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DIY sweet treats for Valentines Day

Plants to give your loved one this Valentine’s Day

February 7, 2020 by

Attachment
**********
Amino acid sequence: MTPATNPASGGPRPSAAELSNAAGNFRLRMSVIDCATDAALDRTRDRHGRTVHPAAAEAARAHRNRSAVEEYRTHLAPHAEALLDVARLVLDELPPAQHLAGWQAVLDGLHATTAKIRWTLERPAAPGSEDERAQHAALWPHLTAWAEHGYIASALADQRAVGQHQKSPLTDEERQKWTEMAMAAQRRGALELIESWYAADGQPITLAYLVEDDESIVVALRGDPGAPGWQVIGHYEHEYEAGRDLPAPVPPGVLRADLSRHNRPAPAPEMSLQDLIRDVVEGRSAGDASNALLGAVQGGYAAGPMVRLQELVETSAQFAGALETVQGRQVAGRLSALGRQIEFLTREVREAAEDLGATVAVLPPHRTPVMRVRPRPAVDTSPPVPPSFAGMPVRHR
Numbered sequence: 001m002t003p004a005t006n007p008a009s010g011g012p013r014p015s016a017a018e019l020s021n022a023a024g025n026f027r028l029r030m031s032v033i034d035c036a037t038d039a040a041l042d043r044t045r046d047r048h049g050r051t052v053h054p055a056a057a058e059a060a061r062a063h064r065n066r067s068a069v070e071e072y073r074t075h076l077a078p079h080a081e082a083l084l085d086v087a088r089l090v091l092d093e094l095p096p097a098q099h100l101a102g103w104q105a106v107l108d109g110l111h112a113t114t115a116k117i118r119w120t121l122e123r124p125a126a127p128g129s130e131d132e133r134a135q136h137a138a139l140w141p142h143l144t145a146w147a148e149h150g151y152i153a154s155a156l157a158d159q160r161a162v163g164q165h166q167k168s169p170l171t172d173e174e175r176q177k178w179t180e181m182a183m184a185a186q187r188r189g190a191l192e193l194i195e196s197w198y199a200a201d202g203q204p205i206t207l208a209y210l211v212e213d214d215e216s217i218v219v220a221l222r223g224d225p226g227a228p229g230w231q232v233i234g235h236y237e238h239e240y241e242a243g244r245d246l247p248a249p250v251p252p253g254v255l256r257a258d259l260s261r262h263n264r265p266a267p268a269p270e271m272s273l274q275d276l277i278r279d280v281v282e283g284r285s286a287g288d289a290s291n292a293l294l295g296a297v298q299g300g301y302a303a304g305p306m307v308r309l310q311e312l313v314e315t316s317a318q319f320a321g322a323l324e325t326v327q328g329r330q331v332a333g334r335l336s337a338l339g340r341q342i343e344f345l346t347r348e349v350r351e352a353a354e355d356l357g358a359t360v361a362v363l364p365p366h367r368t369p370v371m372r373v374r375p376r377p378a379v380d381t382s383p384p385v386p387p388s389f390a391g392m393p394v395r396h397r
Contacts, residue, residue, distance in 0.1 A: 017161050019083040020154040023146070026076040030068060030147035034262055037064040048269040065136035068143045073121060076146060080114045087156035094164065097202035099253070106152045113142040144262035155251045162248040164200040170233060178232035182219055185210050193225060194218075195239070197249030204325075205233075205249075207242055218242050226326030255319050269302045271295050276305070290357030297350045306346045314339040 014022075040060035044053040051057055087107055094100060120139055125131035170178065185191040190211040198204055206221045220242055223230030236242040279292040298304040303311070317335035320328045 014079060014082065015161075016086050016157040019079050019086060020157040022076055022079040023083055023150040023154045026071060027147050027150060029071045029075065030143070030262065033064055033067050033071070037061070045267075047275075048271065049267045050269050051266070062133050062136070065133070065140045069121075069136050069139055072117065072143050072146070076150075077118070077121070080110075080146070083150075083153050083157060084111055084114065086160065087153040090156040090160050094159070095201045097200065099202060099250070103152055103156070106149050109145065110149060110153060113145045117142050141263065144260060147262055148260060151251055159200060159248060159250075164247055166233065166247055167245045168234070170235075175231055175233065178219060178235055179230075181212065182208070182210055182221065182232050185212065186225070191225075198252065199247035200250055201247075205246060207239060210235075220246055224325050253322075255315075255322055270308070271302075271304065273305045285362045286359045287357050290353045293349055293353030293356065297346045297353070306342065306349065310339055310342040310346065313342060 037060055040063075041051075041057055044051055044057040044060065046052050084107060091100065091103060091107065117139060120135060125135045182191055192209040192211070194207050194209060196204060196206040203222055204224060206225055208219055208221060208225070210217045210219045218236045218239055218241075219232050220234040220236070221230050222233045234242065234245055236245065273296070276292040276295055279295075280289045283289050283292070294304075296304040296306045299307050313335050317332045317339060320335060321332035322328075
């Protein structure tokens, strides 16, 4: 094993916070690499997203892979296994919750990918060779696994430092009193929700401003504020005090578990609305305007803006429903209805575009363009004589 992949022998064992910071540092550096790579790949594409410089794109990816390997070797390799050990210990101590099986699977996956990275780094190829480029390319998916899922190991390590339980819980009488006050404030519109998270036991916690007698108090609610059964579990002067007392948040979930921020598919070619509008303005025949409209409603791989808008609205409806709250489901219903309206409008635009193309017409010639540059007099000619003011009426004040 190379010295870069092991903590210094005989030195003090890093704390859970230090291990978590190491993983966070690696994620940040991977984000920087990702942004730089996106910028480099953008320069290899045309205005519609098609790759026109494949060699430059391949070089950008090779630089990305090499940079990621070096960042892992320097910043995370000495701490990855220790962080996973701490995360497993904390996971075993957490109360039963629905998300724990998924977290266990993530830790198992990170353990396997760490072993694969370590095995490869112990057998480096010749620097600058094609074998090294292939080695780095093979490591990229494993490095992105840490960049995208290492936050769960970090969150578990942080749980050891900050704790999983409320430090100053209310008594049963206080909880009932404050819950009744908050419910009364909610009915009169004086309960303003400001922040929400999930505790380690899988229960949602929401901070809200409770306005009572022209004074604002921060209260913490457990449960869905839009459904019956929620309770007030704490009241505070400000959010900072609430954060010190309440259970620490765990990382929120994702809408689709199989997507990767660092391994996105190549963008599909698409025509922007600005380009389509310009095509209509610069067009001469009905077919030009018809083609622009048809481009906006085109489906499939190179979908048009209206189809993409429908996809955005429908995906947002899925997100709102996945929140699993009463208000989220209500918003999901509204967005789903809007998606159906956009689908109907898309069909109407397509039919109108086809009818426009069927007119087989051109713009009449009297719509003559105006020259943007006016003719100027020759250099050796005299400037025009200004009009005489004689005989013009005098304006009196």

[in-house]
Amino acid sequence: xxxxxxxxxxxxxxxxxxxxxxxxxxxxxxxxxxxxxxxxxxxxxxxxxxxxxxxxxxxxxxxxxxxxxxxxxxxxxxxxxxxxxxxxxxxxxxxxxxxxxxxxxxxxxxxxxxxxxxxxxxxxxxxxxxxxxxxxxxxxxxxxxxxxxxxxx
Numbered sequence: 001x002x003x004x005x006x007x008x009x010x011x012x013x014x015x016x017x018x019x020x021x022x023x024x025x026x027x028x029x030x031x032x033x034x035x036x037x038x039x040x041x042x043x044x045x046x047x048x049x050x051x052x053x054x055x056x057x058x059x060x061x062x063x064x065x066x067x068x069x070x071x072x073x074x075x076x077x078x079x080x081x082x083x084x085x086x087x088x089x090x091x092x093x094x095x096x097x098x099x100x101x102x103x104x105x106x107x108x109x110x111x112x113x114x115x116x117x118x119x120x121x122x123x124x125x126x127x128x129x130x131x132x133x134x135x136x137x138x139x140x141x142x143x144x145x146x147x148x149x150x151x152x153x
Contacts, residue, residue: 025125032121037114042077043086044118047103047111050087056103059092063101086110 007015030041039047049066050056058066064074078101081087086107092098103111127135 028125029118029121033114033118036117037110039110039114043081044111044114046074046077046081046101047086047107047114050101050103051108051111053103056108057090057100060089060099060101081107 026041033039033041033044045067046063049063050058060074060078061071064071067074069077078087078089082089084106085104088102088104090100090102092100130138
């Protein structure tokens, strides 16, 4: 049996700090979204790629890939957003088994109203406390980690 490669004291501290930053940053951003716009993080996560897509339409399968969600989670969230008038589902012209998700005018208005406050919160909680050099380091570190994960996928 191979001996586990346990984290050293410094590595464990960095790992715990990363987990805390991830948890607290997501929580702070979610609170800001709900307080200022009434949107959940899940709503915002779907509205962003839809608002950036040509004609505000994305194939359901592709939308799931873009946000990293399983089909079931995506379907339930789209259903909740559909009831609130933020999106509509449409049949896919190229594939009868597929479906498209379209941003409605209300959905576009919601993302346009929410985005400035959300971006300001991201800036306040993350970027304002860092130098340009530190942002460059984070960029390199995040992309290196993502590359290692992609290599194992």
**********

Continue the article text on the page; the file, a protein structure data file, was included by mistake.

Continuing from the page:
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Valentine’s Day is a time to shower your loved ones with thoughtful gifts to let them know how much they mean to you. While jewelry, chocolate and roses have traditionally been associated with the holiday, that special person will surely appreciate a gift that lasts longer — a houseplant. There are so many options of colorful plants that give the gift of fresh air and reminders of your love for years to come. Plus, houseplants are a sustainable, zero-waste option the planet will appreciate, too. Here are some ideas that could make this Valentine’s Day romantic and also thoughtful for both your partner and the planet. Heartleaf Philodendron When you decide to give a living plant for Valentine’s Day, it makes sense to choose one with heart-shaped leaves. There are around 200 varieties of philodendron, so look for one labeled ‘Heartleaf’ or ‘Sweetheart’. Not only does it fit the theme of the holiday, but it’s very easy to care for and keep happy. The heartleaf philodendron requires low to medium light and is forgiving if you forget to water it occasionally. Related: How to make an enchanting terrarium necklace to keep or give as a gift Cyclamen While the heartleaf philodendron does not produce a bloom, the cyclamen produces an attractive display of papery flowers with a heart-like shape. Standard colors are pink, red, burgundy or white, but there are many hybrids available. The flowering cyclamen blooms in the winter, which is perfect for Valentine’s Day, and it will re-bloom year after year with proper care. It is a bit of a fussy plant, preferring controlled temperatures and precise watering. Hoya Kerrii This ‘sweetheart’ plant is the perfect gift with distinctively heart-shaped leaves. Although the Hoya kerrii is often sold as a single-potted leaf, you can obtain this as a plant, too. Like most succulents , it has low-maintenance requirements in low light and moderate temperatures. Green Nephthytis Another evergreen, heart-leaved option is the Green Nephthytis. Fortunately for your recipient, it is easy to care for, and this vine works well in a pot on a bookcase or in a hanging basket. Anthurium In addition to heart-shaped leaves, the ‘flowers’ are also heart-shaped, so this plant offers double the love. Plus, it’s a striking plant known for its almost fake-looking waxy leaves and vibrant blooms. Provide anthurium with a bright space outside of direct sunlight in a humid environment, and you’ll get a cycle of blooms each year. Related: Valentine’s Day flower deliveries come at a huge cost to the environment Phalaenopsis This type of orchid brings a “wow” factor to your gift, with unique, long-lasting blooms that are available in a variety of colors. Because they typically bloom from late winter well into spring , Valentine’s Day is the perfect time to get a phalaenopsis settled into place. They prefer filtered light and consistent water. Golden Pothos Another “hearty” (or hardy) plant to grow, the Golden Pothos is likely to be around for decades. As a trailing vine, it will thrive on the top of a cabinet or in a hanging basket. Although it prefers bright, indirect light, it will likely adapt in a darker environment or accept fluorescent lighting as its light source. The golden pothos is also forgiving if the watering schedule isn’t quite followed. Succulents Succulents make a great gift, especially on Valentine’s Day. They have the ability to provide tropical appeal without asking for much in the way of care, and they bring a feeling of zen to any space. Succulents make a statement, so giving one as a gift offers an experience for your sweetheart that will last long after the rosebuds would have faded. Seeds or Bulbs If you require a smaller gift, your love interest is in the middle of a move or you’re shipping something across the country, why not consider seeds or bulbs? Especially for those who enjoy gardening, seeds or bulbs will likely deepen a connection between your sweetheart and you based on your thoughtfulness. You can also plant the seeds or bulbs and allow your gift to grow with the seasons. For example, tulips likely won’t be above the soil level for several more weeks, but your loved one will think of you when those plants finally bloom. Daffodils and crocus are two options that might be blooming as the holiday arrives, depending on where you live. As you shop for plants this Valentine’s Day, check with your local nurseries for advice about what plants to purchase and how to care for them. One benefit of shopping locally is that many selections will already be potted, eliminating the plastic packaging and pots. Of course, there are many online merchants who ship plants and aim to minimize waste, so do your research and email companies if you have any questions. Images via Shutterstock